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The Confederate Lawyer
April 4, 2012

Windmills and Waterwheels
by Charles G. Mills
fitzgerald griffin foundation


GLEN COVE, NY — Many proponents of “renewable energy” are hypocrites who have no real interest in renewable energy.

About the time that the superiority of bronze and iron tools to stone ones became apparent, man learned that he could harness the power of the wind and flowing streams and rivers. Long before man discovered that electricity could flow through a wire or that steam could turn a wheel, his windmills and waterwheels produced power to serve his needs, for example, powered millstones provided ground grains.

Wind power and water power should be attractive to environmentalists as renewable sources of energy. They are not so, however, because the secret goal of environmentalists is not renewable energy but the death of the Industrial Age.

On the one hand, the proponents of renewable energy rarely list hydroelectric power alongside of wind power, solar energy, and geothermal energy in their propaganda. Instead, they constitute the cheerleading kick line whenever another hydroelectric facility is dynamited in the hope of returning a river to its imagined original course. On the other hand, they have built so many unwarranted wind farms in the Northeast that they have to shut them down to avoid overloading the electrical grid adequately supplied by hydroelectricity.

Hydroelectricity is, in fact, a major source of the energy for the United States as well as the world. The western frontier of New York state and Ontario get most of their electricity from engineering marvels of the Industrial Age that harness the power of Niagara Falls. The tidal flow electricity generated by the Bay of Fundi is another marvel of engineering that supplies electricity to other parts of Canada. The United States was once proud of such great human achievements as the Boulder Dam and the Hoover Dam.

Why do we build wind farms and blow up hydroelectric plants? Why do people who want a simple water wheel in their back yard spend over $100,000 seeking a permit, only to have it rejected? An obvious but false answer is to protect wildlife and fish. This is a false answer because the killing of birds by the latest high-technology windmills is a far more widespread problem than the sucking of fish into the Niagara intake gates. The true answer is that many environmentalists are unable to grasp that the generation of electricity from water flow is environmentally the same as the grinding of grain from a water wheel.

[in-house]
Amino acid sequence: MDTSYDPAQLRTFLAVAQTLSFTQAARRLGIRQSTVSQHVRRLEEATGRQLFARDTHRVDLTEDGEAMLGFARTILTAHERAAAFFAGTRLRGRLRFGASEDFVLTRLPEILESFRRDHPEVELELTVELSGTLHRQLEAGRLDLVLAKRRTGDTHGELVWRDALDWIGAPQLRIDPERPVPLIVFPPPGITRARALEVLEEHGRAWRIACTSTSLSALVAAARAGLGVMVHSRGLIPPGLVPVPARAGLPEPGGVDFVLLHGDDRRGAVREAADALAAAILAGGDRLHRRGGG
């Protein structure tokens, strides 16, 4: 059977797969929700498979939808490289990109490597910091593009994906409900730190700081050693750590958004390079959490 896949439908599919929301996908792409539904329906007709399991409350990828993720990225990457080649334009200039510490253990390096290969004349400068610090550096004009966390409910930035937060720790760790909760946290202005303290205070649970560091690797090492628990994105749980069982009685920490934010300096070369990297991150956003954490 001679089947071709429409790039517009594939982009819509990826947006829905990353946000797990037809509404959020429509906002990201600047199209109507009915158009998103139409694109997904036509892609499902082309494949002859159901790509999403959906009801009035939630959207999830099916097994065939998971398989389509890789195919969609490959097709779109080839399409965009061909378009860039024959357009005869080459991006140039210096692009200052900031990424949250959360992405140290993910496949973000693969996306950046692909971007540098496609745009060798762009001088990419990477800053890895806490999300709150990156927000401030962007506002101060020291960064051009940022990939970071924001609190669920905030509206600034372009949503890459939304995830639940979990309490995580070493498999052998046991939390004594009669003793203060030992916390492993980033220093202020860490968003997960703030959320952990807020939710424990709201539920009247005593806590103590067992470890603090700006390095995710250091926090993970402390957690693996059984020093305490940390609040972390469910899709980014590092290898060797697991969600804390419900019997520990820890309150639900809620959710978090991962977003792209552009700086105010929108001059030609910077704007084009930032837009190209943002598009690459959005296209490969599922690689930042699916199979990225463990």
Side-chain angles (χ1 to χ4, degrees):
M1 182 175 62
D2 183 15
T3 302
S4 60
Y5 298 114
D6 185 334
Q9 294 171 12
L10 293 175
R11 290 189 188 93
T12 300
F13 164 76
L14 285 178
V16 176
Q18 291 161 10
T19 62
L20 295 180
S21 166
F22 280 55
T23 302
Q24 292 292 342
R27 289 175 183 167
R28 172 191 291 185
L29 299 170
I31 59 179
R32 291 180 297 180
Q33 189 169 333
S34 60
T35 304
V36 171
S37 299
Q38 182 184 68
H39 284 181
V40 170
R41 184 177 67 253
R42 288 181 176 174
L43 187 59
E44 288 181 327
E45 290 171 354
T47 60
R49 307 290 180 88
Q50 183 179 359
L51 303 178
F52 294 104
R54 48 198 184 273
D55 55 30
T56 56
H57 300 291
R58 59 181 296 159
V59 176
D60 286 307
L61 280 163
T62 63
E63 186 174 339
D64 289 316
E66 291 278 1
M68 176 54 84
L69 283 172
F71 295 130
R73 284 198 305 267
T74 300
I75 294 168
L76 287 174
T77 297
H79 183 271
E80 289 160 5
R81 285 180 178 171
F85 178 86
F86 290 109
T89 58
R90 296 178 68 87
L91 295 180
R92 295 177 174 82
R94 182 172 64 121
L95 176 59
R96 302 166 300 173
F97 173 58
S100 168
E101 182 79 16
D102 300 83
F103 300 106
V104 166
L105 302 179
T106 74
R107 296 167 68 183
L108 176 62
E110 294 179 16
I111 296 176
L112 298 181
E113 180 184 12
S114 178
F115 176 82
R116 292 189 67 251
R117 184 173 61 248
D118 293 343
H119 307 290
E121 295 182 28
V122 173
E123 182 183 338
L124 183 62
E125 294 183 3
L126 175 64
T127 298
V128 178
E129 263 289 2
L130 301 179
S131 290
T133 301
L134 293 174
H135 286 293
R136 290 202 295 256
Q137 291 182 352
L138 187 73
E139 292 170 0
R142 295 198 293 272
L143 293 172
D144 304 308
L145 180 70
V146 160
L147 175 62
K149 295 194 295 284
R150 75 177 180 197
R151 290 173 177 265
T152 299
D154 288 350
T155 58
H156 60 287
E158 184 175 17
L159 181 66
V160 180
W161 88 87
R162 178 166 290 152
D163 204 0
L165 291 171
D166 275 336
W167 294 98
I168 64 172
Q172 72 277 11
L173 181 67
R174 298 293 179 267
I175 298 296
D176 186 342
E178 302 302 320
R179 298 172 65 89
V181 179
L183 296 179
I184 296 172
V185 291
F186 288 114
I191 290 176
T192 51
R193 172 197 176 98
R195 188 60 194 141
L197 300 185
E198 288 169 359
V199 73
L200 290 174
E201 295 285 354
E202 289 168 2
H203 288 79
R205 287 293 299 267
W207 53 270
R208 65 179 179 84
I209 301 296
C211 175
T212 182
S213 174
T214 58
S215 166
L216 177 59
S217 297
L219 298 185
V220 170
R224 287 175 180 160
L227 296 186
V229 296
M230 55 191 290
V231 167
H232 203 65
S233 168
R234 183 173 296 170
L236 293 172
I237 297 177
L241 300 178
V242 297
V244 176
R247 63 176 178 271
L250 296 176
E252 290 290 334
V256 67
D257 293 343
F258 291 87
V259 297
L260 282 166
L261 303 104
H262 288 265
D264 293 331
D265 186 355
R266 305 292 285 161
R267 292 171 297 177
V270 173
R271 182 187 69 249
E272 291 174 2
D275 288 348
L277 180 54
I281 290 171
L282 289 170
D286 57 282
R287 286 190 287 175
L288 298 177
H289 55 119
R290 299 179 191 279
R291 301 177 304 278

They love the inefficient generation of electricity from farms of tall windmills, although these devices bear no resemblance to the classic windmills of travel books. Moreover, the level of maintenance required for a wind farm is high in relation to the electricity generated.

While solar energy can be useful, it is probably the least efficient form to meet the demands of major projects.

The foes of hydroelectricity oppose nuclear-generated electricity as well. Nuclear power plants are not fueled by strictly renewable energy, but their fuel is much more durable than coal or petroleum.

Furthermore, the renewable energy fad has failed to adjust to recent discoveries that the potential supply of petroleum is many times greater than previously estimated.

Why, then, do people cling to the solar and wind fads? Perhaps deep down they regret the replacement of stone tools with iron and bronze ones. More likely, they regard nineteenth-century industrial inventions as one giant set for Fritz Lang’s 1927 film, “Metropolis,” or for the 1976 Bayreuth Festival production of Richard Wagner’s “Ring” Cycle.

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The Confederate Lawyer column is copyright © 2012 by Charles G. Mills and the Fitzgerald Griffin Foundation, www.fgfBooks.com. All rights reserved.

Charles G. Mills is the Judge Advocate or general counsel for the New York State American Legion. He has forty years of experience in many trial and appellate courts and has published several articles about the law.

See his biographical sketch and additional columns here.

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